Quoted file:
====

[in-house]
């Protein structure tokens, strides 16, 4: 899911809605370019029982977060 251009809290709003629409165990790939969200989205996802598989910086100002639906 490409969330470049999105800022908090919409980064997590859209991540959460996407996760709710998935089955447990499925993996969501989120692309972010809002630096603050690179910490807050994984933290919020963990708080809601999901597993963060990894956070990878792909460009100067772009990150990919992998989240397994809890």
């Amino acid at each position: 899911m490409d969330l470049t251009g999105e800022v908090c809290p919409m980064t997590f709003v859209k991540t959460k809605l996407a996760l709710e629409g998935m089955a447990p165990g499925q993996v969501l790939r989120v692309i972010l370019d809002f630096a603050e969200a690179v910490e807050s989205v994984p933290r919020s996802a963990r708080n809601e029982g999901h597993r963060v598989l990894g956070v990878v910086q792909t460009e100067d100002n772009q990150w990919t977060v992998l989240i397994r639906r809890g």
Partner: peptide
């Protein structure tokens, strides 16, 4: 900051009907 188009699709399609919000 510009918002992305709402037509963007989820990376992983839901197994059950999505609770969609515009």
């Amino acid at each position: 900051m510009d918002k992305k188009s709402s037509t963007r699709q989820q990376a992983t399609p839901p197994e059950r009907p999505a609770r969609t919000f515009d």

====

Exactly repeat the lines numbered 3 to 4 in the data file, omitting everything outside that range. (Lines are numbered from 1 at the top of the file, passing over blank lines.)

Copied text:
């Amino acid at each position: 899911m490409d969330l470049t251009g999105e800022v908090c809290p919409m980064t997590f709003v859209k991540t959460k809605l996407a996760l709710e629409g998935m089955a447990p165990g499925q993996v969501l790939r989120v692309i972010l370019d809002f630096a603050e969200a690179v910490e807050s989205v994984p933290r919020s996802a963990r708080n809601e029982g999901h597993r963060v598989l990894g956070v990878v910086q792909t460009e100067d100002n772009q990150w990919t977060v992998l989240i397994r639906r809890g």
Partner: peptide